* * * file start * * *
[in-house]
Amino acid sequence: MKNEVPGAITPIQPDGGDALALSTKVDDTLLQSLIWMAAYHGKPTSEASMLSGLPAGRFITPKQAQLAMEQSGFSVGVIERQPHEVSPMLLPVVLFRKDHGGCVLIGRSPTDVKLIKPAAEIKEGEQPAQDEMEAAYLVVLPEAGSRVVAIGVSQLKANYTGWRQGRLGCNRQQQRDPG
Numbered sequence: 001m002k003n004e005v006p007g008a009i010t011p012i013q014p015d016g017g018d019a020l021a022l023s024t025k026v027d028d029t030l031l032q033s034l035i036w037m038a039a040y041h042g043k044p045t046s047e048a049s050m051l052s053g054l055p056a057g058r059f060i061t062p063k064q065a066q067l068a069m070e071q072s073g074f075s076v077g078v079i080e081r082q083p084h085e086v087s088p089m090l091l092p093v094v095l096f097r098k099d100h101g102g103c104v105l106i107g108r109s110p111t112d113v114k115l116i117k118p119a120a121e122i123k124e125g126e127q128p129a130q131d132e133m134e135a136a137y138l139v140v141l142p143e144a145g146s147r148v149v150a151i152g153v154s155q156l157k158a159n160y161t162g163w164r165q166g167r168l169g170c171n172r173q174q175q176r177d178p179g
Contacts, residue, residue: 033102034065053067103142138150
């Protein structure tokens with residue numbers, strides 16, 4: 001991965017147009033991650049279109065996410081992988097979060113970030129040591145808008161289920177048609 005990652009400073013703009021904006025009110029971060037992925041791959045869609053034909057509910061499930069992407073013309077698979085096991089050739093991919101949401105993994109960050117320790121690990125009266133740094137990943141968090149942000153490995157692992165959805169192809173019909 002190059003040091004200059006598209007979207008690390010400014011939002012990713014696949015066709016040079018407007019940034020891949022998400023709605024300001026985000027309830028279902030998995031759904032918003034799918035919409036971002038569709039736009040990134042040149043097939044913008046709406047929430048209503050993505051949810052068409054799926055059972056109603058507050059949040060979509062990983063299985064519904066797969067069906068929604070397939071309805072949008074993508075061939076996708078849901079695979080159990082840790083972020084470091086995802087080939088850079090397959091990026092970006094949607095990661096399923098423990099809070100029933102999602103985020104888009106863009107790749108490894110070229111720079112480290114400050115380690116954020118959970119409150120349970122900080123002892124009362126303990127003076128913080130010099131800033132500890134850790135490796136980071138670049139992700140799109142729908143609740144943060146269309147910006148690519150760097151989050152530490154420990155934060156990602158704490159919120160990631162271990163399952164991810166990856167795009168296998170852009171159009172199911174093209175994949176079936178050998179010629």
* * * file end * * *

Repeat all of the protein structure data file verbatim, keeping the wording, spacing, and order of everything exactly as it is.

[in-house]
Amino acid sequence: MKNEVPGAITPIQPDGGDALALSTKVDDTLLQSLIWMAAYHGKPTSEASMLSGLPAGRFITPKQAQLAMEQSGFSVGVIERQPHEVSPMLLPVVLFRKDHGGCVLIGRSPTDVKLIKPAAEIKEGEQPAQDEMEAAYLVVLPEAGSRVVAIGVSQLKANYTGWRQGRLGCNRQQQRDPG
Numbered sequence: 001m002k003n004e005v006p007g008a009i010t011p012i013q014p015d016g017g018d019a020l021a022l023s024t025k026v027d028d029t030l031l032q033s034l035i036w037m038a039a040y041h042g043k044p045t046s047e048a049s050m051l052s053g054l055p056a057g058r059f060i061t062p063k064q065a066q067l068a069m070e071q072s073g074f075s076v077g078v079i080e081r082q083p084h085e086v087s088p089m090l091l092p093v094v095l096f097r098k099d100h101g102g103c104v105l106i107g108r109s110p111t112d113v114k115l116i117k118p119a120a121e122i123k124e125g126e127q128p129a130q131d132e133m134e135a136a137y138l139v140v141l142p143e144a145g146s147r148v149v150a151i152g153v154s155q156l157k158a159n160y161t162g163w164r165q166g167r168l169g170c171n172r173q174q175q176r177d178p179g
Contacts, residue, residue: 033102034065053067103142138150
């Protein structure tokens with residue numbers, strides 16, 4: 001991965017147009033991650049279109065996410081992988097979060113970030129040591145808008161289920177048609 005990652009400073013703009021904006025009110029971060037992925041791959045869609053034909057509910061499930069992407073013309077698979085096991089050739093991919101949401105993994109960050117320790121690990125009266133740094137990943141968090149942000153490995157692992165959805169192809173019909 002190059003040091004200059006598209007979207008690390010400014011939002012990713014696949015066709016040079018407007019940034020891949022998400023709605024300001026985000027309830028279902030998995031759904032918003034799918035919409036971002038569709039736009040990134042040149043097939044913008046709406047929430048209503050993505051949810052068409054799926055059972056109603058507050059949040060979509062990983063299985064519904066797969067069906068929604070397939071309805072949008074993508075061939076996708078849901079695979080159990082840790083972020084470091086995802087080939088850079090397959091990026092970006094949607095990661096399923098423990099809070100029933102999602103985020104888009106863009107790749108490894110070229111720079112480290114400050115380690116954020118959970119409150120349970122900080123002892124009362126303990127003076128913080130010099131800033132500890134850790135490796136980071138670049139992700140799109142729908143609740144943060146269309147910006148690519150760097151989050152530490154420990155934060156990602158704490159919120160990631162271990163399952164991810166990856167795009168296998170852009171159009172199911174093209175994949176079936178050998179010629």